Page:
Honeydripper (United States, 2007)
John Sayles is one of the last true independent American filmmakers. Honeydripper is his 16th feature and he has made all of them on his own terms without studio interference. (He sells them to distributors once they are in the can.) To date, his most commercially successful has been Lone Star and his most controversial, Limbo. His body of work is incredibly diverse but if there's a common thread, it's a focus on character. No matter what issues - social or otherwise - his movies tackle, they do it with real, three-dimensional people. That characteristic is in evidence in Honeydripper, a story about race relations and the beginnings of rock 'n roll in 1950 Alabama.
The movie unfolds in the small town of Harmony, in and around the Honeydripper nightclub, one of two watering holes in the area. The Honeydripper is going under. Its live music - a blues singer accompanied by a piano - is no longer in vogue. The young people like the jukebox and lively atmosphere at the Honeydripper's rival bar. The owner of the Honeydripper, Tyrone "Pine Top" Purvis (Danny Glover), is in debt and at risk of losing everything. He bets his entire future on one gamble: bringing in popular recording artist Guitar Sam from New Orleans for one night. He hopes he'll make enough money to clear his debts, pay Sam, and get people interested in the Honeydripper again. Meanwhile, Tyrone has to worry about losing his wife, Delilah (Lisa Gay Hamilton), to a sect of evangelical Christians, and he has to appease the local racist sheriff (Stacy Keach) who keeps a watchful eye on him.
A few days before Tyrone's big event, a young guitar player, Sonny (Gary Clark Jr.), arrives in town looking for work. Tyrone doesn't give him a job but he offers him a meal. Soon thereafter, the sheriff arrests Sonny for vagrancy and puts him to work in the cotton fields, working off his sentence. But Sonny and Tyrone are not done with each other. Their paths will cross again in a meaningful fashion, much to the delight of Tyrone's teenage step-daughter, China Doll (Yaya DaCosta).
The plot is a basic melodrama, but there are a lot of hooks hanging from it. The first is the understated exploration of race and racism in this situation. The story is told from the point-of-view of the black lead characters and we see their circumstances contrasted with those of the whites. The sheriff is the token racist authority figure but, while he's not sympathetic, Sayles takes care not to paint him as a villain with a black hat. He abuses his power but he doesn't go as some might (and historically did). Sayles' portrait of Harmony does something few movies attempt by showing not the graphic, violent side of racism but the insidious, corrosive kind.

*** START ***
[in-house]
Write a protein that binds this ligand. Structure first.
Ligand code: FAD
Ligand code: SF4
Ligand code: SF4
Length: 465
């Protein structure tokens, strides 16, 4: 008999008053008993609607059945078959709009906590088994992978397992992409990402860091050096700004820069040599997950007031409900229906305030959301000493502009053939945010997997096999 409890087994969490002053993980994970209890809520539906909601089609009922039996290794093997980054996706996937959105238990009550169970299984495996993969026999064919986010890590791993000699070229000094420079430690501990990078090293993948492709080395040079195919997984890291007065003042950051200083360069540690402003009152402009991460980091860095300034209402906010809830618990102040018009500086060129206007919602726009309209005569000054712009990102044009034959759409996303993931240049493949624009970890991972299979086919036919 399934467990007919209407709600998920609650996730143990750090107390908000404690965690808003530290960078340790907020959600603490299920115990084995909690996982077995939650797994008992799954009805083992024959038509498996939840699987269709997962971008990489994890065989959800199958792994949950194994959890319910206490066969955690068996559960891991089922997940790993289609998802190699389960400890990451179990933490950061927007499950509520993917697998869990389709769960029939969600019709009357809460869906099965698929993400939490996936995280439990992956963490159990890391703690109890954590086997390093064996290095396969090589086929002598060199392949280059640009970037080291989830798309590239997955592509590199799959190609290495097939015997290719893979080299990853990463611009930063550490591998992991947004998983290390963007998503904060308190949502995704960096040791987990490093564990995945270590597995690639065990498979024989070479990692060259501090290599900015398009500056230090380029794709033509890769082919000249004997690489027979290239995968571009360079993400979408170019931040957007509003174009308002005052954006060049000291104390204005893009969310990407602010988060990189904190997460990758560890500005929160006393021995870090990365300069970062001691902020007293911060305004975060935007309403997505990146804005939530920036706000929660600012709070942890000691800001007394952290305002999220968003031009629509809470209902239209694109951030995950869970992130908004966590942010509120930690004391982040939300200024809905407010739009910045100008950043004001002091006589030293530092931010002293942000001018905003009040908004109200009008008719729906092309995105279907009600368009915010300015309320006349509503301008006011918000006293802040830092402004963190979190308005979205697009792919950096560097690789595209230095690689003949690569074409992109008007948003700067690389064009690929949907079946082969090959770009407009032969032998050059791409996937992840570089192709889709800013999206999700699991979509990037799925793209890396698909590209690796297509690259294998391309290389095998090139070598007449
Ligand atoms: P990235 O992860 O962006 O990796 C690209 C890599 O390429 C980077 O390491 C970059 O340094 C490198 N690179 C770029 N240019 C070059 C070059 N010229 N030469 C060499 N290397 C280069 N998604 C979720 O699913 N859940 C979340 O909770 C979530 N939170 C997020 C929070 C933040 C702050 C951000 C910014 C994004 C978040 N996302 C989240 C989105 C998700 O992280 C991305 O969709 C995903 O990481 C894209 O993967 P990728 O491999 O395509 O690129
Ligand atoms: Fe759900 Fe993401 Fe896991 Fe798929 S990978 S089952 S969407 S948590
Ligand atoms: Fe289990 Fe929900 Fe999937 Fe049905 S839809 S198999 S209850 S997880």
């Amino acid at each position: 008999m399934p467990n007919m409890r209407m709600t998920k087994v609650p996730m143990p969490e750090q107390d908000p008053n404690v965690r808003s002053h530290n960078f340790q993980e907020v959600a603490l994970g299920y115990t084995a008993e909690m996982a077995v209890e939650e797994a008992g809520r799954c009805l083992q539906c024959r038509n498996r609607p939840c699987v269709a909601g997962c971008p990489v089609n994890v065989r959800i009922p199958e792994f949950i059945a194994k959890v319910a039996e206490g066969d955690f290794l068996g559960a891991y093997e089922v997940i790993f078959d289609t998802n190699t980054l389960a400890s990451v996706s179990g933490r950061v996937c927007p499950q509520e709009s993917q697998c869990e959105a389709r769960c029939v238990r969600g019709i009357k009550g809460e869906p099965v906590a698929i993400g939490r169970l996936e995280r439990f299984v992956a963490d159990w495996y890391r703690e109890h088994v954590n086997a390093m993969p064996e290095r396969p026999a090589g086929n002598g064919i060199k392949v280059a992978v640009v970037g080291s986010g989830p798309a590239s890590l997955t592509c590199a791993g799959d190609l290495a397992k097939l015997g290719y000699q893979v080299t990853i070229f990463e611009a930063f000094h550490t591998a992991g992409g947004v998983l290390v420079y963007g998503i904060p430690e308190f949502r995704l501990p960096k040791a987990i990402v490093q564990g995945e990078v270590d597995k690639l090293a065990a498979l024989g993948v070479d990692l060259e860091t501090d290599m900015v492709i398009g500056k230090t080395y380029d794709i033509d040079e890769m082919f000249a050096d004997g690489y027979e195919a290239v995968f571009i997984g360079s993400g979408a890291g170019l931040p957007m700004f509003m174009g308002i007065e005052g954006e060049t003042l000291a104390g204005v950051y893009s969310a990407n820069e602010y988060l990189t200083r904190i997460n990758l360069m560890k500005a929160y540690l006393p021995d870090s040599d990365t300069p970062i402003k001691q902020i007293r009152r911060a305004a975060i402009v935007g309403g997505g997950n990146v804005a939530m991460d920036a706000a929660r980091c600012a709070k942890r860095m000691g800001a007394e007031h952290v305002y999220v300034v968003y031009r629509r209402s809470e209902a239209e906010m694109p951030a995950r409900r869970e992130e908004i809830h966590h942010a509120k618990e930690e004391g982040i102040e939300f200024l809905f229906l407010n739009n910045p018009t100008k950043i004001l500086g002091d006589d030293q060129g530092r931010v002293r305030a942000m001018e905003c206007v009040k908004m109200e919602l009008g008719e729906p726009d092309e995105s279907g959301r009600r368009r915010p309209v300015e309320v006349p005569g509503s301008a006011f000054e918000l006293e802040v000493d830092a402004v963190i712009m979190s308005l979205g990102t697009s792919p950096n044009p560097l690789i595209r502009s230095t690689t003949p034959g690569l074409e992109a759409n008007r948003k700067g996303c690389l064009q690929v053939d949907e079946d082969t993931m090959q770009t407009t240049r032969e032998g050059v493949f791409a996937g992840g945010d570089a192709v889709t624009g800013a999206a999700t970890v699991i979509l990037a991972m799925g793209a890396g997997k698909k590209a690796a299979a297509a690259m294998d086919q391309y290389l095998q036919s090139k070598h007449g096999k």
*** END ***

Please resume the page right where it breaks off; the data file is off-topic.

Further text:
The there's the birth of rock 'n roll. It doesn't happen in Harmony, but the Honeydripper and places like it were key to the rise of this new form of rhythm and blues. "Rock around the Clock" is often cited as the first major recorded rock 'n roll hit (although some debate that), but by the time Bill Haley & His Comets recorded in it 1954, this type of music was already well established in nightclubs and other hang-outs. Here, we see it earlier in its genesis, in the black deep South where it found life. Music is very much a part of Sayles' story and it is critical to the upbeat final act.
Sayles rarely gets big stars for his movies but he often hires familiar faces - solid character actors who can inhabit their alter egos. So it is that Danny Glover becomes Tyrone, a man with a dark secret in his past and who fears the future. Charles S. Dutton is his best friend. Gary Clark Jr. exudes energy as the guitar player who, from the fringes of poverty seeks the allure of fame. Lisa Gay Hamilton turns in an interesting performance as a woman torn between the love of her family and God's calling. Stacy Keach softens the racist sheriff's edges a little. He's not as bad as some lawmen in this part of the country were during this decade. And relative newcomer Yaya DaCosta gives a touching portrayal as the vulnerable, idealistic China Doll.
With Honeydripper, Sayles has done what he always does: bring together a group of characters and allow us to relish their interaction. His affection for the characters is both obvious and infectious. We like them, warts and all. The story becomes their playground and, although it does nothing extraordinary or ambitious, it is nonetheless involving. And, unlike in Limbo, Sayles doesn't leave us hanging. He ties up every loose end, provides us with some great music, and gives us a reason to leave the theater smiling.
Honeydripper (United States, 2007)
Theatrical Aspect Ratio: 1.85:1
Screenplay: John Sayles
Cinematography: Dick Pope
Music: Mason Daring
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